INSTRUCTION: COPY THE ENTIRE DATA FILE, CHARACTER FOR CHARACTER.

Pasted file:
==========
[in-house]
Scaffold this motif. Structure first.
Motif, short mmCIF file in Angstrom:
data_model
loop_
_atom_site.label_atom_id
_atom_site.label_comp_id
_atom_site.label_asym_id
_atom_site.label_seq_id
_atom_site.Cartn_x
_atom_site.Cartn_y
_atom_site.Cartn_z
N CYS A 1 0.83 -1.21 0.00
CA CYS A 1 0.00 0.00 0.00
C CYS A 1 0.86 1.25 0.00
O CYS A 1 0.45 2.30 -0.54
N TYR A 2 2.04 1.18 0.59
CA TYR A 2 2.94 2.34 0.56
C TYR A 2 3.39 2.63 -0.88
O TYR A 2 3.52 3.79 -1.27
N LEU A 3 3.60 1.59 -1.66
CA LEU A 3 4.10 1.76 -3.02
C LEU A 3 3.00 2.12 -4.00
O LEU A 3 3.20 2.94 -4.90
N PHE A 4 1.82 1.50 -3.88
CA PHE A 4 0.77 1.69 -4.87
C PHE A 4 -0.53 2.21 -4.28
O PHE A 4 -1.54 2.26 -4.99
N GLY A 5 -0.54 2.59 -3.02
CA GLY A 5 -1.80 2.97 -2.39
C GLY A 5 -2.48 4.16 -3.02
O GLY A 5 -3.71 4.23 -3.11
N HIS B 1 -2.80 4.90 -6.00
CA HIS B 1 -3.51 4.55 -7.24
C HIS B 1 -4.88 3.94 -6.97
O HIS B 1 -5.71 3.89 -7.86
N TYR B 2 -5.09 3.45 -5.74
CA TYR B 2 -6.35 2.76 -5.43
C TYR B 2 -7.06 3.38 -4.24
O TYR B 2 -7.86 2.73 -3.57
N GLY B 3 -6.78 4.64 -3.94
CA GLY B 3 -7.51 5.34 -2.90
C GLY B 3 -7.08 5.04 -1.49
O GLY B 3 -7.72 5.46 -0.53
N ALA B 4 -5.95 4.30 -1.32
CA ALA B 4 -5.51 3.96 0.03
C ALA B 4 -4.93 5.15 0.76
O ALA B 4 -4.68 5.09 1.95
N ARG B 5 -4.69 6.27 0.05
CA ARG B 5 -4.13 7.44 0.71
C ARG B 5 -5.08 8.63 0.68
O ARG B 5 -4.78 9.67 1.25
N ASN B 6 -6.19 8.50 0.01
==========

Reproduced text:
[in-house]
Scaffold this motif. Structure first.
Motif, short mmCIF file in Angstrom:
data_model
loop_
_atom_site.label_atom_id
_atom_site.label_comp_id
_atom_site.label_asym_id
_atom_site.label_seq_id
_atom_site.Cartn_x
_atom_site.Cartn_y
_atom_site.Cartn_z
N CYS A 1 0.83 -1.21 0.00
CA CYS A 1 0.00 0.00 0.00
C CYS A 1 0.86 1.25 0.00
O CYS A 1 0.45 2.30 -0.54
N TYR A 2 2.04 1.18 0.59
CA TYR A 2 2.94 2.34 0.56
C TYR A 2 3.39 2.63 -0.88
O TYR A 2 3.52 3.79 -1.27
N LEU A 3 3.60 1.59 -1.66
CA LEU A 3 4.10 1.76 -3.02
C LEU A 3 3.00 2.12 -4.00
O LEU A 3 3.20 2.94 -4.90
N PHE A 4 1.82 1.50 -3.88
CA PHE A 4 0.77 1.69 -4.87
C PHE A 4 -0.53 2.21 -4.28
O PHE A 4 -1.54 2.26 -4.99
N GLY A 5 -0.54 2.59 -3.02
CA GLY A 5 -1.80 2.97 -2.39
C GLY A 5 -2.48 4.16 -3.02
O GLY A 5 -3.71 4.23 -3.11
N HIS B 1 -2.80 4.90 -6.00
CA HIS B 1 -3.51 4.55 -7.24
C HIS B 1 -4.88 3.94 -6.97
O HIS B 1 -5.71 3.89 -7.86
N TYR B 2 -5.09 3.45 -5.74
CA TYR B 2 -6.35 2.76 -5.43
C TYR B 2 -7.06 3.38 -4.24
O TYR B 2 -7.86 2.73 -3.57
N GLY B 3 -6.78 4.64 -3.94
CA GLY B 3 -7.51 5.34 -2.90
C GLY B 3 -7.08 5.04 -1.49
O GLY B 3 -7.72 5.46 -0.53
N ALA B 4 -5.95 4.30 -1.32
CA ALA B 4 -5.51 3.96 0.03
C ALA B 4 -4.93 5.15 0.76
O ALA B 4 -4.68 5.09 1.95
N ARG B 5 -4.69 6.27 0.05
CA ARG B 5 -4.13 7.44 0.71
C ARG B 5 -5.08 8.63 0.68
O ARG B 5 -4.78 9.67 1.25
N ASN B 6 -6.19 8.50 0.01